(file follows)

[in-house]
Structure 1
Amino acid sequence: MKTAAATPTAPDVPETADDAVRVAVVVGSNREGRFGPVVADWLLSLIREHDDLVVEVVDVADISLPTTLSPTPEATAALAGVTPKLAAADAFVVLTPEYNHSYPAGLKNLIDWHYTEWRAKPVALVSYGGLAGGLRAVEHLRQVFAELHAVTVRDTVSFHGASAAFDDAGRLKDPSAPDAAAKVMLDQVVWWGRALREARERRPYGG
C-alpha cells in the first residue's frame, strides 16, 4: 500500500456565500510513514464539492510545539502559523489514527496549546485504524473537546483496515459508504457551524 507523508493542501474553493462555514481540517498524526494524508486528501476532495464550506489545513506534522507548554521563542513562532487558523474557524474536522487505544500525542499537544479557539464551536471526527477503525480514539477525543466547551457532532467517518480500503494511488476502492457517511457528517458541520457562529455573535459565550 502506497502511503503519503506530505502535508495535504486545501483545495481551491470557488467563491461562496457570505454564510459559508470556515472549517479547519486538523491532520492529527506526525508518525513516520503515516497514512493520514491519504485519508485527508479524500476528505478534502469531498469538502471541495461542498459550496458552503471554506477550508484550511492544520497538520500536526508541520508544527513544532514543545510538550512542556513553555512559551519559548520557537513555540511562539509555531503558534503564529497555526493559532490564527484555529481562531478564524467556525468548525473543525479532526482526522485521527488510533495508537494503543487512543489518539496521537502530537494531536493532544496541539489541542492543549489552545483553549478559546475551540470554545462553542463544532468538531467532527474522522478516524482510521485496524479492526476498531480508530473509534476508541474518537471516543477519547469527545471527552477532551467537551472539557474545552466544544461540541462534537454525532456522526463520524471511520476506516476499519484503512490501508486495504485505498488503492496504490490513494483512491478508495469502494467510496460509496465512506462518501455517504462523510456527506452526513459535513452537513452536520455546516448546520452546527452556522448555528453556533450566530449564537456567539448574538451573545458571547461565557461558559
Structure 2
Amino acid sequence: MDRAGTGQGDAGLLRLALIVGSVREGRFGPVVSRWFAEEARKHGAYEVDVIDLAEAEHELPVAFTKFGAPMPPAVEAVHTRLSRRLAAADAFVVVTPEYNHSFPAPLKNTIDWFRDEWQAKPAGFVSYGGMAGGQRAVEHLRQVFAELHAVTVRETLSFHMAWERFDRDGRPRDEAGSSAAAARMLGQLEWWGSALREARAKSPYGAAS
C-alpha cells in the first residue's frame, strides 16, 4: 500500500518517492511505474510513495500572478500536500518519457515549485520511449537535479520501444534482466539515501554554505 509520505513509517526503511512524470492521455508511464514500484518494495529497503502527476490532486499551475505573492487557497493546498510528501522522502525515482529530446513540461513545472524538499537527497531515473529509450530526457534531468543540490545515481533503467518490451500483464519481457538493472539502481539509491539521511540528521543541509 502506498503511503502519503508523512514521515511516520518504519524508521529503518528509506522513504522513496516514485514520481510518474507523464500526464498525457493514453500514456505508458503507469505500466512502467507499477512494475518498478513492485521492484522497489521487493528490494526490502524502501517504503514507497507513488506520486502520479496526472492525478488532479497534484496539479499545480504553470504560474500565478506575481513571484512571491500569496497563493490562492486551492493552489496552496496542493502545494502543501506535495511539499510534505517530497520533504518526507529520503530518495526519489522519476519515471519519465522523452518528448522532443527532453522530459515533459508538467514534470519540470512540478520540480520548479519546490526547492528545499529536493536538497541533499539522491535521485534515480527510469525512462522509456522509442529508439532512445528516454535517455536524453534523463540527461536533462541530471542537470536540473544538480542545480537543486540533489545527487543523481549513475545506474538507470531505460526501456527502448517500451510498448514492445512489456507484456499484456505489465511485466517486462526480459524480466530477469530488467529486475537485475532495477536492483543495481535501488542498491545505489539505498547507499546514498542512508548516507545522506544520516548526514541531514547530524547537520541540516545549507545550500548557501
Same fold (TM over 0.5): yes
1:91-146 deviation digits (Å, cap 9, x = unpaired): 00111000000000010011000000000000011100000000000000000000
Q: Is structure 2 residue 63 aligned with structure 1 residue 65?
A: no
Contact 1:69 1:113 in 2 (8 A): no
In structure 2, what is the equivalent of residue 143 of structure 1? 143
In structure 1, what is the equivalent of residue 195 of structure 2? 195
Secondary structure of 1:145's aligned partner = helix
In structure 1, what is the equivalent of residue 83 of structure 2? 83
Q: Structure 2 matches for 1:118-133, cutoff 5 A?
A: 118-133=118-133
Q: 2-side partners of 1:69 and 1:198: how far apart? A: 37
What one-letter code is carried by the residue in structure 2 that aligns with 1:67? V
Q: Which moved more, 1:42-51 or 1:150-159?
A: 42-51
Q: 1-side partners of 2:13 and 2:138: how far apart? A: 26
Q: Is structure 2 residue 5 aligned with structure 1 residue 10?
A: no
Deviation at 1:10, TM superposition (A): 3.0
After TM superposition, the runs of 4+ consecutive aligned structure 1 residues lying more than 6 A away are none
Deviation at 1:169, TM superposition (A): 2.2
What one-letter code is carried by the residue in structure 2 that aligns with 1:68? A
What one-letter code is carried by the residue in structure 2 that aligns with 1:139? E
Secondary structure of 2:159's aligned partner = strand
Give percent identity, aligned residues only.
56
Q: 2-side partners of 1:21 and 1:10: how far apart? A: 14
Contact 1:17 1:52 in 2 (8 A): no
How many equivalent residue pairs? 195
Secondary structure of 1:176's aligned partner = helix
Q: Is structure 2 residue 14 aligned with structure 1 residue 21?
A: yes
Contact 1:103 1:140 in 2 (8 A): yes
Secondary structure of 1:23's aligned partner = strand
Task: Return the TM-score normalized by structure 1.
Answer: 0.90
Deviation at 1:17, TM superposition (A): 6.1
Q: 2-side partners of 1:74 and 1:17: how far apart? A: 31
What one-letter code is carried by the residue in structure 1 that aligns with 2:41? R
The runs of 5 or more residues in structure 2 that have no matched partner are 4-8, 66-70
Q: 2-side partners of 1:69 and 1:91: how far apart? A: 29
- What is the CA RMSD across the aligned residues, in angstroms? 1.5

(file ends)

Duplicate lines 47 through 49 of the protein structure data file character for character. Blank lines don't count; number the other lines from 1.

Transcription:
The runs of 5 or more residues in structure 2 that have no matched partner are 4-8, 66-70
Q: 2-side partners of 1:69 and 1:91: how far apart? A: 29
- What is the CA RMSD across the aligned residues, in angstroms? 1.5